Essay: Stop honoring genocide

A statue of Christopher Columbus in Roseville was covered up during Columbus Day weekend. (Photo courtesy of Jose Gonzalez)

Roseville must remove a statue of Christopher Columbus

By Jose Gonzalez

For nearly three years I have reached out multiple times to the Roseville City Council to push for the removal of the Christopher Columbus statue in front of a post office and across from the civic center. The first city council I asked did not register a heartbeat, while the current one has only registered a dim pulse.

The Columbus statue was donated to the city in October 1976 by the Sons of Italy, a now defunct entity. Although I had driven past the statue numerous times, I never gave it any attention. It was not until the Columbus Day weekend three years ago that I realized the statue honored Columbus. I was stunned.

I had just started exploring Columbus the previous month. While at Sacramento State University’s library, I found a book, Confronting Columbus, that opened my mind to the atrocities committed under Columbus in the West Indies. The more I read, the more troubled, sickened and horrified I felt.

Columbus initiated centuries of genocide against indigenous populations throughout the Americas, including California. He began the trans-Atlantic slave trade when he returned to Spain after his first voyage across the Atlantic with a handful of Taino survivors. Altogether, hundreds of indigenous slaves were taken across the Atlantic. Under Columbus, Tainos as young as 14 that failed to meet their gold quotas had their hands chopped off. Those that ran off were chased down by dogs. Living conditions for the Tainos became so atrocious that many died of starvation or suicide. Eventually, as a result of hundreds of thousands of indigenous deaths due to violence, disease, starvation and suicide, African slaves were shipped to the West Indies to replace them.

More and more people are learning the truth about Columbus. A few expressed their outrage during the recent Columbus/Indigenous Peoples’ Day weekend by vandalizing Columbus statues with red paint in Chula Vista and San Francisco. Increasingly, cities are choosing to celebrate Indigenous Peoples’ Day instead of Columbus Day.

Meanwhile, Roseville is waiting for the sale of the post office property to be finalized before relocating the Columbus statue. The city has reported that it plans to reach out to neighboring cities to take in the statue. Destroying it is not an option as it is considered to be art.

The city is well aware of the controversy surrounding the statue, and covered it up during the Columbus/Indigenous Peoples’ Day weekend to protect it from being vandalized. It has been vandalized multiple times, which explains why it is missing its nose.

Jose Gonzalez is a retired state correctional youth counselor who lives in Roseville.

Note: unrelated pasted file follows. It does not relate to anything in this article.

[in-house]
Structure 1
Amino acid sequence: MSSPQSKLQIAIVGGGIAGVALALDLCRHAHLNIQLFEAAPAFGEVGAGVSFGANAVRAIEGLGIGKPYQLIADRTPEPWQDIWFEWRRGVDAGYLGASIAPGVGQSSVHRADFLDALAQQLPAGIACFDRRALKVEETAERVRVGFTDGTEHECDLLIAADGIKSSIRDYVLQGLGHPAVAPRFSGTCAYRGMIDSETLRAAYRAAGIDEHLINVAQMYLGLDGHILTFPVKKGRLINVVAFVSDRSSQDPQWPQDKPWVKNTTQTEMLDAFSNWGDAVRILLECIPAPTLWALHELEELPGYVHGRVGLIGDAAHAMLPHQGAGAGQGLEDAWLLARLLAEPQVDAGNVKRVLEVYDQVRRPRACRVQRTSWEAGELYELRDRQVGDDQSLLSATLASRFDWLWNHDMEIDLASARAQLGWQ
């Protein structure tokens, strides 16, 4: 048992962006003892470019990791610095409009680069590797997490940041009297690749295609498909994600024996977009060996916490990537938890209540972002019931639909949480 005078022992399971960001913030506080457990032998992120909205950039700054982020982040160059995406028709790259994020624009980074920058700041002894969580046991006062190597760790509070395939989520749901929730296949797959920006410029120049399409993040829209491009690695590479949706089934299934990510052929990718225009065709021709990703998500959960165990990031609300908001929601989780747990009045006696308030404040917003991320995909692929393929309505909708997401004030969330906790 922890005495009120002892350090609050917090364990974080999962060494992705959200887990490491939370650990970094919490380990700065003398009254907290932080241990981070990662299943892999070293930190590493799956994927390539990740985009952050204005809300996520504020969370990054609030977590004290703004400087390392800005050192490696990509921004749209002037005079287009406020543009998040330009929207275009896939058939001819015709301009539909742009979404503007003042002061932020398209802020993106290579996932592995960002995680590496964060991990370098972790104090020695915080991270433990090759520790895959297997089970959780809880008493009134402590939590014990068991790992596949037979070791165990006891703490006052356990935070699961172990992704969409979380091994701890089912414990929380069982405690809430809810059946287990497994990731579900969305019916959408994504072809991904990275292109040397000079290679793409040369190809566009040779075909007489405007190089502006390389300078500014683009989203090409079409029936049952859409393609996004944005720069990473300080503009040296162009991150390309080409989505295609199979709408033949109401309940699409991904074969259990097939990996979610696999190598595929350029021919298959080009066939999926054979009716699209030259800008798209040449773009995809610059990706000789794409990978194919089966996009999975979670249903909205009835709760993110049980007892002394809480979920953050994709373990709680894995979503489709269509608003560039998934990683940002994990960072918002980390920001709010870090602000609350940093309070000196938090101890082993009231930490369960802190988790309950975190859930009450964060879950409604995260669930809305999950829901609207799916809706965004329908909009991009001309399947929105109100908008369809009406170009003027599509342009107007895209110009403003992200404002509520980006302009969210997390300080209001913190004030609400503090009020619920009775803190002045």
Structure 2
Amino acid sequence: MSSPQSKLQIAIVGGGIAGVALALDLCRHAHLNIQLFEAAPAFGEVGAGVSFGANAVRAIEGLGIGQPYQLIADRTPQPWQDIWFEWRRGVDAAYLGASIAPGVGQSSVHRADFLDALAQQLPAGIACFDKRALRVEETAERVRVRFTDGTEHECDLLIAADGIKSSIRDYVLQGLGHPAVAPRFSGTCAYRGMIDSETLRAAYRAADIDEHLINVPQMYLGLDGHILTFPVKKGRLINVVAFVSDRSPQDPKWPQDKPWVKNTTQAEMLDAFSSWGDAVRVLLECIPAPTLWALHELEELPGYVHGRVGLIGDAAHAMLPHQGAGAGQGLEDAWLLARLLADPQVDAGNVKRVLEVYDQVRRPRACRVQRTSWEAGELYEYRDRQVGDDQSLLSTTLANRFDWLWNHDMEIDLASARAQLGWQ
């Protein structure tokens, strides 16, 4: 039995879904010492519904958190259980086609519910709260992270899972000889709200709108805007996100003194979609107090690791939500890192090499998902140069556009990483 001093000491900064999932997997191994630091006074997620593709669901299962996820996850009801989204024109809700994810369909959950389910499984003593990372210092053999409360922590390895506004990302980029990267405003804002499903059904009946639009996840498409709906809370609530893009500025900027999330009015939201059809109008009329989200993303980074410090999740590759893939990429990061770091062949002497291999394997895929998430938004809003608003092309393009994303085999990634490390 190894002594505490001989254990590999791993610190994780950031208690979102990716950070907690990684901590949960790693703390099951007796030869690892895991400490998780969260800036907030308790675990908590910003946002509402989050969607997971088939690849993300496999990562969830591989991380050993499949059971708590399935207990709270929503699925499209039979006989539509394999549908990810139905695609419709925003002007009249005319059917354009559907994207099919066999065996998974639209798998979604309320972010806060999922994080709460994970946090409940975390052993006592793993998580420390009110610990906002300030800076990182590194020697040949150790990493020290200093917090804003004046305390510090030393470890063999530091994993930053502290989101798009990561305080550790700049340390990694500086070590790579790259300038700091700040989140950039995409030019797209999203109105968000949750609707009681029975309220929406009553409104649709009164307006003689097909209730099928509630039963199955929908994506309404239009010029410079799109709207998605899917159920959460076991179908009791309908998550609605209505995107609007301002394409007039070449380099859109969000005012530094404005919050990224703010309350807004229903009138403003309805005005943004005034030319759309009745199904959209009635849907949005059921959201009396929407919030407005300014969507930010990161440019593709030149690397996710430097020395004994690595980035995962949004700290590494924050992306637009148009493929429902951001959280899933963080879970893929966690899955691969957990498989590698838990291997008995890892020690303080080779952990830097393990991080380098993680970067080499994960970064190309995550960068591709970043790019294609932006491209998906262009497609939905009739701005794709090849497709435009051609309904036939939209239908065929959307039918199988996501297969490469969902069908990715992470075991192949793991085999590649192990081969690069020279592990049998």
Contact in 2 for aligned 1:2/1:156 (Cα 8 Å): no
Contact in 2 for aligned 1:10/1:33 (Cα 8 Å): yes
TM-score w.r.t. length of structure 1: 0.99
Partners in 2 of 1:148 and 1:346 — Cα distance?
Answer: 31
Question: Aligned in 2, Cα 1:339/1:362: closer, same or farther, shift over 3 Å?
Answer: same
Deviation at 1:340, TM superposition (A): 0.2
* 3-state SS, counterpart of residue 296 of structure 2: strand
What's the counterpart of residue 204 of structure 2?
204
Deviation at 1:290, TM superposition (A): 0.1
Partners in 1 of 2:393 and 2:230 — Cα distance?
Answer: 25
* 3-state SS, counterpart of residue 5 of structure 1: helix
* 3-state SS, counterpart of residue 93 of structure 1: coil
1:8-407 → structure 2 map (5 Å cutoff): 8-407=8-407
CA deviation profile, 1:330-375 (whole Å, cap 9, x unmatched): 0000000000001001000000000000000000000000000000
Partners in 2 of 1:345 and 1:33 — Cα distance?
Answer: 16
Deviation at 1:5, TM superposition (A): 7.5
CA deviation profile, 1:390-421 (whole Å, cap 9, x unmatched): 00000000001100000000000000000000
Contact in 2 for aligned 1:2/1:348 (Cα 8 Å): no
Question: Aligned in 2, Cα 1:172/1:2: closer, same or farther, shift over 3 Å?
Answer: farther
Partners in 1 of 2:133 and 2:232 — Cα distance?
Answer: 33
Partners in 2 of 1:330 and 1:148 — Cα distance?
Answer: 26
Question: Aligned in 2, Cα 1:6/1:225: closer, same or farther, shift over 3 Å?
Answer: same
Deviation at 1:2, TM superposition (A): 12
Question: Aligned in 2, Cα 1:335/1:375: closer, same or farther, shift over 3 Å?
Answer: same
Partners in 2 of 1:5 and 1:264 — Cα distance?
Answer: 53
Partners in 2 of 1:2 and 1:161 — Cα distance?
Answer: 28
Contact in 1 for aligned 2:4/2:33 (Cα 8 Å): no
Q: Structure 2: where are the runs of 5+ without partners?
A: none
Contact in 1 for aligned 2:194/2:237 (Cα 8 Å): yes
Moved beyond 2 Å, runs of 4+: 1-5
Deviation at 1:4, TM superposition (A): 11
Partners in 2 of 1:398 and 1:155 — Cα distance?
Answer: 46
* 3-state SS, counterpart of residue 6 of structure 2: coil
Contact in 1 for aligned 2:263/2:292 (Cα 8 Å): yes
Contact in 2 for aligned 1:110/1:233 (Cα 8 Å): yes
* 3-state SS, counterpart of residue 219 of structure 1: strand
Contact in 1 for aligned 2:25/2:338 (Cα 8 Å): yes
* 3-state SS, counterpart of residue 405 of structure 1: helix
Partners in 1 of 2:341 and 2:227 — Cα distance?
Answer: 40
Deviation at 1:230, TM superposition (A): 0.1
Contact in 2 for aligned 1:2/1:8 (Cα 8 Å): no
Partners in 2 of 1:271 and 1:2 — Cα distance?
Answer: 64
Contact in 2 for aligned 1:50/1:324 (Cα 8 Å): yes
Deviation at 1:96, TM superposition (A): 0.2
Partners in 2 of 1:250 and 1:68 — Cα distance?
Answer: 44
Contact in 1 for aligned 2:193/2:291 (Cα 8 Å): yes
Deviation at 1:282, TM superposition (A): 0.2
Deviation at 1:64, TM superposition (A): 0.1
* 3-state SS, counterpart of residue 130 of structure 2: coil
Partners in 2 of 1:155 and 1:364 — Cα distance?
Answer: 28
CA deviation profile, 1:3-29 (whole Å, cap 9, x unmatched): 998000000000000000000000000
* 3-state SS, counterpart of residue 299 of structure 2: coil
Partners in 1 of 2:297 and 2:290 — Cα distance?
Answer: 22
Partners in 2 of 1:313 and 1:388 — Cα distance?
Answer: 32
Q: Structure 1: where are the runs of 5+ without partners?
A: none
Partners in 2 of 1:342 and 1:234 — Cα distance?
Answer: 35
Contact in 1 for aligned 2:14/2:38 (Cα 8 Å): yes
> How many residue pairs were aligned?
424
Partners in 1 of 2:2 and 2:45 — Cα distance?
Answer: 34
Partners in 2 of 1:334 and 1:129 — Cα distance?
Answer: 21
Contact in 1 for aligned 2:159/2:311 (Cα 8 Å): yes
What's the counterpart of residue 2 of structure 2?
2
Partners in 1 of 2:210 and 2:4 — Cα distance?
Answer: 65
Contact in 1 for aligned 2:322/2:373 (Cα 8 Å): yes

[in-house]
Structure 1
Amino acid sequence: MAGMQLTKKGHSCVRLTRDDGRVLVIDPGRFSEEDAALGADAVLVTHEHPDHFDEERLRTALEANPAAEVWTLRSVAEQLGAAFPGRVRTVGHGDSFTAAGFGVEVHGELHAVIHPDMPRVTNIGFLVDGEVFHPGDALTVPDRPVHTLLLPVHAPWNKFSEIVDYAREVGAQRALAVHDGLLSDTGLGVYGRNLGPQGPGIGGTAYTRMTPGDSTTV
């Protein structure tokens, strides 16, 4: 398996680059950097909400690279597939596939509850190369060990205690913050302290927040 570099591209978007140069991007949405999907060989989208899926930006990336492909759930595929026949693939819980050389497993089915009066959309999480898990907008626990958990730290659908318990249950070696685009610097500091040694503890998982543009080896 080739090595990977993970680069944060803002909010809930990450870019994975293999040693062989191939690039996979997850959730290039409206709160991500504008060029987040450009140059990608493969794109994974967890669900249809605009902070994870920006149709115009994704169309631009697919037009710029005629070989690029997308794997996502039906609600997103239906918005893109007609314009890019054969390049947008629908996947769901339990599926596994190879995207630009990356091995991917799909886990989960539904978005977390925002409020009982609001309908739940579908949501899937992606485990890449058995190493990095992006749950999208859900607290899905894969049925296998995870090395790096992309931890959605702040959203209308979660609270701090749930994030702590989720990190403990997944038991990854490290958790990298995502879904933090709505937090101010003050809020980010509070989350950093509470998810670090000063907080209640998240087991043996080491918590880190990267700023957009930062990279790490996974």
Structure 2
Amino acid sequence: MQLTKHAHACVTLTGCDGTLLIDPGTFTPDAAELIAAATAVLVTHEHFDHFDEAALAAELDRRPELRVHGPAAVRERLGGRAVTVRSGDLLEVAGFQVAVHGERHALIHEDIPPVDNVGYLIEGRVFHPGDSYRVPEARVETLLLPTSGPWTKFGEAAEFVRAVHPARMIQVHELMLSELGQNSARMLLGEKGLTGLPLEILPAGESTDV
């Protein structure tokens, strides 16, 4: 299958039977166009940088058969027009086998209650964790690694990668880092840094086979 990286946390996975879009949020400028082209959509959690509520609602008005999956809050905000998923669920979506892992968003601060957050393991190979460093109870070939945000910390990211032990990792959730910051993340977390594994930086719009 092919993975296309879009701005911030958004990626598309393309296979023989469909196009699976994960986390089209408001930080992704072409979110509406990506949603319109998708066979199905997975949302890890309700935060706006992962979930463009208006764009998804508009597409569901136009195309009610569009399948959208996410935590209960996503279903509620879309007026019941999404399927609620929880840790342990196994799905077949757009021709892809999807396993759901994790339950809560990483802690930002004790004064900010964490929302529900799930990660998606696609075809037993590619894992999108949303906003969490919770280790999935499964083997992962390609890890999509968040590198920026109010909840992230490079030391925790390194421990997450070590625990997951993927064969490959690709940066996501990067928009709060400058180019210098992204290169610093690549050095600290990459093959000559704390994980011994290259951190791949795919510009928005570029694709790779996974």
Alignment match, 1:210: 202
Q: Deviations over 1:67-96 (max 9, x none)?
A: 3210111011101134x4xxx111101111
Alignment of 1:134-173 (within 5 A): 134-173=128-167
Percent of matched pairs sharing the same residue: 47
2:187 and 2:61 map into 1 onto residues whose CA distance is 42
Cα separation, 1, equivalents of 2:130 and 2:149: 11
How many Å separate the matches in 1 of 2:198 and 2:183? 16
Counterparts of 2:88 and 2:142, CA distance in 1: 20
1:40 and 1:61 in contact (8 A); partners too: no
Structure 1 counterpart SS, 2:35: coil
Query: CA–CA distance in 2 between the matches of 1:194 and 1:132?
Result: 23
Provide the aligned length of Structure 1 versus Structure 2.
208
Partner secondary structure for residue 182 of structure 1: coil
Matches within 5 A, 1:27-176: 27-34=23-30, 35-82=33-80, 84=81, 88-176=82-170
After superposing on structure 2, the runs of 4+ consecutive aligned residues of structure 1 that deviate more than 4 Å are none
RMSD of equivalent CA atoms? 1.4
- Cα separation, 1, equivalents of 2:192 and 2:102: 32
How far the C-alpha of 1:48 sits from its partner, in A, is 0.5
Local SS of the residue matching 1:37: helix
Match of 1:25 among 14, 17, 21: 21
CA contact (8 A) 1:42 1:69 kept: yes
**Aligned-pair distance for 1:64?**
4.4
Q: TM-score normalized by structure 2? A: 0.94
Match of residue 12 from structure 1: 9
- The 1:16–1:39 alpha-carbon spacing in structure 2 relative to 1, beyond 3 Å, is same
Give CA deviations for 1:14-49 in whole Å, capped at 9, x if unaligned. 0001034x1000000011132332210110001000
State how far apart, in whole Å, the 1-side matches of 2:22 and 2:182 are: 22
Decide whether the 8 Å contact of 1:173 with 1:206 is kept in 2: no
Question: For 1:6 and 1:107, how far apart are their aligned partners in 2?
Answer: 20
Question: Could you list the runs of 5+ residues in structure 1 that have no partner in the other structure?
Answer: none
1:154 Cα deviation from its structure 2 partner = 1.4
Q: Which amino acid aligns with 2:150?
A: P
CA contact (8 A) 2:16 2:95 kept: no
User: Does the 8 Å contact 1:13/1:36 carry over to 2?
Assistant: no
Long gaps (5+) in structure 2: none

Although I do not know where the statue will end up, I do know an increasing number of people do not want it in a public venue. The statue is especially offensive to our indigenous, Latino and African-American populations.

I encourage Roseville council members to study Columbus. Doing so will help them understand why so many find the statue so offensive and why it should be permanently removed.

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2 Comments on "Essay: Stop honoring genocide"

  1. Jose- and I encourage you in exchange to go remove the tombstones of your parents, grandfathers, etc. from wherever they are and move them to where we will never see them again. You and your heritage are part of those men that committed that genocide that repulses you so much. You are one of them by default, so go remove yourself as well so we don’t have to put up with you either. Show the public you have the courage to despise and call out your own family first, then we can talk about that inanimate object you so much hate.

  2. Aragua, thank you for sharing your opinion. You have clearly exposed your hate and racism. By your brand of thinking, my family and I are responsible for the genocide of millions of indigenous peoples throughout the Americas since Columbus’first voyage across the Atlantic. By your brand of thinking, today’s U.S. Americans should despise all people of Japanese ancestry for Pearl Harbor. By your brand of thinking, all Armenians should despise all Turks for the Armenian genocide. By your brand of thinking, all Jews should despise all Germans for the Holocaust. By your brand of thinking, all U.S. Americans should despise all Muslims for 911. By your brand of thinking, all Mexicans should despise all U.S. White Americans for the Mexican/American War. By your brand of thinking, all Black Africans should despise all White Europeans for the African slave trade. By your brand of thinking, all Christians should despise all Jews for Jesus’ crucifixion. By your brand of thinking, all Vietnamese should despise all U.S. Americans for the American invasion of Vietnam. Do you get my drift? By your brand of thinking, if you had the mechanisms, you would fulfill your will, which is vengence! Unlike you, I don’t roll like that. Throughout history, there have been those that have stood against evil, and sometimes have paid with their lives. For example, the German citizens that stood against Hitler. I suggest you throw away your broad brush of hate and racism, and stop seeking vengence against people you identify as guilty today for acts that occurred centuries ago. Your hate and racism has blurred your thinking and has driven you to adopt a preposterous and dangerous thought process. It is my hope that you find a therapist soon that will help you overcome the hate and racism within you before it consumes you completely.

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